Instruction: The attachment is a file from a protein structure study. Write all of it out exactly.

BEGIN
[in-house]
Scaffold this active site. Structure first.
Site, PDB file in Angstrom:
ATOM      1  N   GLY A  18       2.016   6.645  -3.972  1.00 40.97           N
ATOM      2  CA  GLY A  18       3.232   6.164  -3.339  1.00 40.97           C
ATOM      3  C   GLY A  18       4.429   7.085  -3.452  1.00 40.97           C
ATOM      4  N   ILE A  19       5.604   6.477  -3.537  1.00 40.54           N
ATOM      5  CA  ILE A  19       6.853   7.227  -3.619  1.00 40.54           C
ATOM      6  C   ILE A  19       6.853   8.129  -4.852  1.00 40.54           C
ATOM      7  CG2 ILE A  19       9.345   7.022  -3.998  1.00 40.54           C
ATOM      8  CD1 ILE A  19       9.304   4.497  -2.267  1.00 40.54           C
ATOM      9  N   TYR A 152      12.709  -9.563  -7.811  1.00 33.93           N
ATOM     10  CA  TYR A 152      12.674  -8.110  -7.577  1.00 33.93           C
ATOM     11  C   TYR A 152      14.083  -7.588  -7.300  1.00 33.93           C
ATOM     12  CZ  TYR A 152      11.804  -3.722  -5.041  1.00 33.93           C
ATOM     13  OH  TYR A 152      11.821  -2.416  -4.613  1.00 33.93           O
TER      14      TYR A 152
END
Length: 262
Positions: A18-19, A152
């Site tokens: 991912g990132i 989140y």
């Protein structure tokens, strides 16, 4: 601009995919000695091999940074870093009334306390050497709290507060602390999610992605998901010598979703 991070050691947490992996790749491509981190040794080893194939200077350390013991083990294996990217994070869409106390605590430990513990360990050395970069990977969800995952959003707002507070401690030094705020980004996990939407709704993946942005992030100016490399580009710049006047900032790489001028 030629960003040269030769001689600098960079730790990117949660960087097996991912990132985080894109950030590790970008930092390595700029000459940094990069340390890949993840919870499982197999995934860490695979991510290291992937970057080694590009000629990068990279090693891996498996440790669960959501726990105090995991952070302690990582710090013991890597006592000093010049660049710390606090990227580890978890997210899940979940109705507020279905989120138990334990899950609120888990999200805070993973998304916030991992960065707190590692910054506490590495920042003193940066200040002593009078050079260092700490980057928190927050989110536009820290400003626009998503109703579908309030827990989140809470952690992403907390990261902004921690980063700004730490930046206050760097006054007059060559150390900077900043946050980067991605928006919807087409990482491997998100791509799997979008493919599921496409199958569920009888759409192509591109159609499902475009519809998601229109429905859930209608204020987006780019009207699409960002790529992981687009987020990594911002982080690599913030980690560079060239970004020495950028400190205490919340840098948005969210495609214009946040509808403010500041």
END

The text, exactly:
[in-house]
Scaffold this active site. Structure first.
Site, PDB file in Angstrom:
ATOM      1  N   GLY A  18       2.016   6.645  -3.972  1.00 40.97           N
ATOM      2  CA  GLY A  18       3.232   6.164  -3.339  1.00 40.97           C
ATOM      3  C   GLY A  18       4.429   7.085  -3.452  1.00 40.97           C
ATOM      4  N   ILE A  19       5.604   6.477  -3.537  1.00 40.54           N
ATOM      5  CA  ILE A  19       6.853   7.227  -3.619  1.00 40.54           C
ATOM      6  C   ILE A  19       6.853   8.129  -4.852  1.00 40.54           C
ATOM      7  CG2 ILE A  19       9.345   7.022  -3.998  1.00 40.54           C
ATOM      8  CD1 ILE A  19       9.304   4.497  -2.267  1.00 40.54           C
ATOM      9  N   TYR A 152      12.709  -9.563  -7.811  1.00 33.93           N
ATOM     10  CA  TYR A 152      12.674  -8.110  -7.577  1.00 33.93           C
ATOM     11  C   TYR A 152      14.083  -7.588  -7.300  1.00 33.93           C
ATOM     12  CZ  TYR A 152      11.804  -3.722  -5.041  1.00 33.93           C
ATOM     13  OH  TYR A 152      11.821  -2.416  -4.613  1.00 33.93           O
TER      14      TYR A 152
END
Length: 262
Positions: A18-19, A152
């Site tokens: 991912g990132i 989140y």
């Protein structure tokens, strides 16, 4: 601009995919000695091999940074870093009334306390050497709290507060602390999610992605998901010598979703 991070050691947490992996790749491509981190040794080893194939200077350390013991083990294996990217994070869409106390605590430990513990360990050395970069990977969800995952959003707002507070401690030094705020980004996990939407709704993946942005992030100016490399580009710049006047900032790489001028 030629960003040269030769001689600098960079730790990117949660960087097996991912990132985080894109950030590790970008930092390595700029000459940094990069340390890949993840919870499982197999995934860490695979991510290291992937970057080694590009000629990068990279090693891996498996440790669960959501726990105090995991952070302690990582710090013991890597006592000093010049660049710390606090990227580890978890997210899940979940109705507020279905989120138990334990899950609120888990999200805070993973998304916030991992960065707190590692910054506490590495920042003193940066200040002593009078050079260092700490980057928190927050989110536009820290400003626009998503109703579908309030827990989140809470952690992403907390990261902004921690980063700004730490930046206050760097006054007059060559150390900077900043946050980067991605928006919807087409990482491997998100791509799997979008493919599921496409199958569920009888759409192509591109159609499902475009519809998601229109429905859930209608204020987006780019009207699409960002790529992981687009987020990594911002982080690599913030980690560079060239970004020495950028400190205490919340840098948005969210495609214009946040509808403010500041």